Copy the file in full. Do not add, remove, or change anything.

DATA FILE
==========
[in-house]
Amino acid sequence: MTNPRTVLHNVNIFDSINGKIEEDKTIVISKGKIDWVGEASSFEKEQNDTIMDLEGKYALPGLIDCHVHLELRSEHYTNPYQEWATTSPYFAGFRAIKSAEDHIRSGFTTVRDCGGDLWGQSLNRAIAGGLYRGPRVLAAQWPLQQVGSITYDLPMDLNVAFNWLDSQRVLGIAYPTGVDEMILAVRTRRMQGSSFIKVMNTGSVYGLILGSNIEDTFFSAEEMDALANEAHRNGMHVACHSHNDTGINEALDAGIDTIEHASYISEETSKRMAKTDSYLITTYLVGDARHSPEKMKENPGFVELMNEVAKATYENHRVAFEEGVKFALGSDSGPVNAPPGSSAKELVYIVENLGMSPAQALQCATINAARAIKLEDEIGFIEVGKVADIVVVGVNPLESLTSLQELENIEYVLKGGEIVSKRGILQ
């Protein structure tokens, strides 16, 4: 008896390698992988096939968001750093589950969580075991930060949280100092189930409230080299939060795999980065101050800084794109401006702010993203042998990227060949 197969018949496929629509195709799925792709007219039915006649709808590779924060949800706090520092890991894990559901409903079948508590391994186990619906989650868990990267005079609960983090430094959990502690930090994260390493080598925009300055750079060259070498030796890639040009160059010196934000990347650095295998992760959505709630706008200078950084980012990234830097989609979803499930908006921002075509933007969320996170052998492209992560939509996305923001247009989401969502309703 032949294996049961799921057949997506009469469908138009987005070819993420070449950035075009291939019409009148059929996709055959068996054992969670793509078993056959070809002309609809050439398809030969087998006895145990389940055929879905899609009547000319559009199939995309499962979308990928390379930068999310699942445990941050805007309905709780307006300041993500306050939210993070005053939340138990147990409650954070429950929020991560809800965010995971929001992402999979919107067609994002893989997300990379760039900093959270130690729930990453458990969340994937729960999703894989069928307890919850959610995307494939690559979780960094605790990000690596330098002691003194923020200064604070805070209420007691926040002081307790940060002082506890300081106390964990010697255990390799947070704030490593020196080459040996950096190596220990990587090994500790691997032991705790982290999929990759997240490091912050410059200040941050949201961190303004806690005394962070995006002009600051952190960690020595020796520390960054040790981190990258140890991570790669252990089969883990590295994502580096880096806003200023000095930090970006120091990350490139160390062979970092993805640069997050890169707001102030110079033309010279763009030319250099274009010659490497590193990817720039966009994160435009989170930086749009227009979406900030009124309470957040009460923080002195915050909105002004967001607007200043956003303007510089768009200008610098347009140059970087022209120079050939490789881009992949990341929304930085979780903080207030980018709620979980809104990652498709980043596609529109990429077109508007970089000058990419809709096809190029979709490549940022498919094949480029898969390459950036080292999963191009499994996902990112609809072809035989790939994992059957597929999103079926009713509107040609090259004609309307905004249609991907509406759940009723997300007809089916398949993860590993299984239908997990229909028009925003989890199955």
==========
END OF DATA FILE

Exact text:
[in-house]
Amino acid sequence: MTNPRTVLHNVNIFDSINGKIEEDKTIVISKGKIDWVGEASSFEKEQNDTIMDLEGKYALPGLIDCHVHLELRSEHYTNPYQEWATTSPYFAGFRAIKSAEDHIRSGFTTVRDCGGDLWGQSLNRAIAGGLYRGPRVLAAQWPLQQVGSITYDLPMDLNVAFNWLDSQRVLGIAYPTGVDEMILAVRTRRMQGSSFIKVMNTGSVYGLILGSNIEDTFFSAEEMDALANEAHRNGMHVACHSHNDTGINEALDAGIDTIEHASYISEETSKRMAKTDSYLITTYLVGDARHSPEKMKENPGFVELMNEVAKATYENHRVAFEEGVKFALGSDSGPVNAPPGSSAKELVYIVENLGMSPAQALQCATINAARAIKLEDEIGFIEVGKVADIVVVGVNPLESLTSLQELENIEYVLKGGEIVSKRGILQ
């Protein structure tokens, strides 16, 4: 008896390698992988096939968001750093589950969580075991930060949280100092189930409230080299939060795999980065101050800084794109401006702010993203042998990227060949 197969018949496929629509195709799925792709007219039915006649709808590779924060949800706090520092890991894990559901409903079948508590391994186990619906989650868990990267005079609960983090430094959990502690930090994260390493080598925009300055750079060259070498030796890639040009160059010196934000990347650095295998992760959505709630706008200078950084980012990234830097989609979803499930908006921002075509933007969320996170052998492209992560939509996305923001247009989401969502309703 032949294996049961799921057949997506009469469908138009987005070819993420070449950035075009291939019409009148059929996709055959068996054992969670793509078993056959070809002309609809050439398809030969087998006895145990389940055929879905899609009547000319559009199939995309499962979308990928390379930068999310699942445990941050805007309905709780307006300041993500306050939210993070005053939340138990147990409650954070429950929020991560809800965010995971929001992402999979919107067609994002893989997300990379760039900093959270130690729930990453458990969340994937729960999703894989069928307890919850959610995307494939690559979780960094605790990000690596330098002691003194923020200064604070805070209420007691926040002081307790940060002082506890300081106390964990010697255990390799947070704030490593020196080459040996950096190596220990990587090994500790691997032991705790982290999929990759997240490091912050410059200040941050949201961190303004806690005394962070995006002009600051952190960690020595020796520390960054040790981190990258140890991570790669252990089969883990590295994502580096880096806003200023000095930090970006120091990350490139160390062979970092993805640069997050890169707001102030110079033309010279763009030319250099274009010659490497590193990817720039966009994160435009989170930086749009227009979406900030009124309470957040009460923080002195915050909105002004967001607007200043956003303007510089768009200008610098347009140059970087022209120079050939490789881009992949990341929304930085979780903080207030980018709620979980809104990652498709980043596609529109990429077109508007970089000058990419809709096809190029979709490549940022498919094949480029898969390459950036080292999963191009499994996902990112609809072809035989790939994992059957597929999103079926009713509107040609090259004609309307905004249609991907509406759940009723997300007809089916398949993860590993299984239908997990229909028009925003989890199955």